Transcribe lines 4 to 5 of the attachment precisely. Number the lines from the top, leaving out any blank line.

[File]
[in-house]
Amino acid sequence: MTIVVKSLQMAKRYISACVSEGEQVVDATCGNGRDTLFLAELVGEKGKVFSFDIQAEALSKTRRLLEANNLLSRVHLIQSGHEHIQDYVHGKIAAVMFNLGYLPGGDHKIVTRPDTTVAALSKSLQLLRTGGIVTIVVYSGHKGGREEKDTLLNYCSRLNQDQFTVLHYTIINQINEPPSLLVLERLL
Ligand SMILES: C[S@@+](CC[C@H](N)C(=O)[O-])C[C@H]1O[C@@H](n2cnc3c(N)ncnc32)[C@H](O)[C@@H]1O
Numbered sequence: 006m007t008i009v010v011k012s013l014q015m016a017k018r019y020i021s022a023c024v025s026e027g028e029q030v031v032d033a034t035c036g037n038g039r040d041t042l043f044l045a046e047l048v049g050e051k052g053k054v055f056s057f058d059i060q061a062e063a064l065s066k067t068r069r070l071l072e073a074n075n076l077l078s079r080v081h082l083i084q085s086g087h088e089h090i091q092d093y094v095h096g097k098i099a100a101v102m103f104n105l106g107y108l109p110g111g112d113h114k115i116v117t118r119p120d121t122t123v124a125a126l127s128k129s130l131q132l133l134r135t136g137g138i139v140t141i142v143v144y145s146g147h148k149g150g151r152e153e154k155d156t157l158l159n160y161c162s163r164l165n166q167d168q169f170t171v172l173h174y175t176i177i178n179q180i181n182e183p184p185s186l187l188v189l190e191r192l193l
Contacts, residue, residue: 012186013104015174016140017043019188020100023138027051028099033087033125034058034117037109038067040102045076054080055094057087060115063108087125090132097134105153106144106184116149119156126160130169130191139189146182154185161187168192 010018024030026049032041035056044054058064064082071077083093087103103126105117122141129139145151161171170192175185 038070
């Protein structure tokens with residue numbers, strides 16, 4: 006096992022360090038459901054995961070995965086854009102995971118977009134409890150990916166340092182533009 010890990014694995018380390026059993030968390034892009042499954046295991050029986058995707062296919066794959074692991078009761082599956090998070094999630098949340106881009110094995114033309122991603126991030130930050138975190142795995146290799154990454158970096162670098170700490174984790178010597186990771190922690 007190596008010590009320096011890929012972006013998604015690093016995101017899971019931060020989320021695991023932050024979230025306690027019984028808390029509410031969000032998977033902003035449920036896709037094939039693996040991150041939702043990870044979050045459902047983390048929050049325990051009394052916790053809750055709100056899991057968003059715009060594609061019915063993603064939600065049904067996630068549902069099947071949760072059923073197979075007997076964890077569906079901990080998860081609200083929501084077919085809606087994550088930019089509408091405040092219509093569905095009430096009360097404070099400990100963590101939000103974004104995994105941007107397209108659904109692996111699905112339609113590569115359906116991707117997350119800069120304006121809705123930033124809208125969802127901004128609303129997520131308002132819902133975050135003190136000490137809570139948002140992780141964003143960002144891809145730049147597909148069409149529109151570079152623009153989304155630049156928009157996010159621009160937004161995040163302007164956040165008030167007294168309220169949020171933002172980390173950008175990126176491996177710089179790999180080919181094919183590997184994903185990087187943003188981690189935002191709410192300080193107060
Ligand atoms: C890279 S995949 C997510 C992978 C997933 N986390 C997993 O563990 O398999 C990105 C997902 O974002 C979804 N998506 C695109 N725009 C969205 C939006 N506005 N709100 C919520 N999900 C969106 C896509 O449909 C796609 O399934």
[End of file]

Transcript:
Numbered sequence: 006m007t008i009v010v011k012s013l014q015m016a017k018r019y020i021s022a023c024v025s026e027g028e029q030v031v032d033a034t035c036g037n038g039r040d041t042l043f044l045a046e047l048v049g050e051k052g053k054v055f056s057f058d059i060q061a062e063a064l065s066k067t068r069r070l071l072e073a074n075n076l077l078s079r080v081h082l083i084q085s086g087h088e089h090i091q092d093y094v095h096g097k098i099a100a101v102m103f104n105l106g107y108l109p110g111g112d113h114k115i116v117t118r119p120d121t122t123v124a125a126l127s128k129s130l131q132l133l134r135t136g137g138i139v140t141i142v143v144y145s146g147h148k149g150g151r152e153e154k155d156t157l158l159n160y161c162s163r164l165n166q167d168q169f170t171v172l173h174y175t176i177i178n179q180i181n182e183p184p185s186l187l188v189l190e191r192l193l
Contacts, residue, residue: 012186013104015174016140017043019188020100023138027051028099033087033125034058034117037109038067040102045076054080055094057087060115063108087125090132097134105153106144106184116149119156126160130169130191139189146182154185161187168192 010018024030026049032041035056044054058064064082071077083093087103103126105117122141129139145151161171170192175185 038070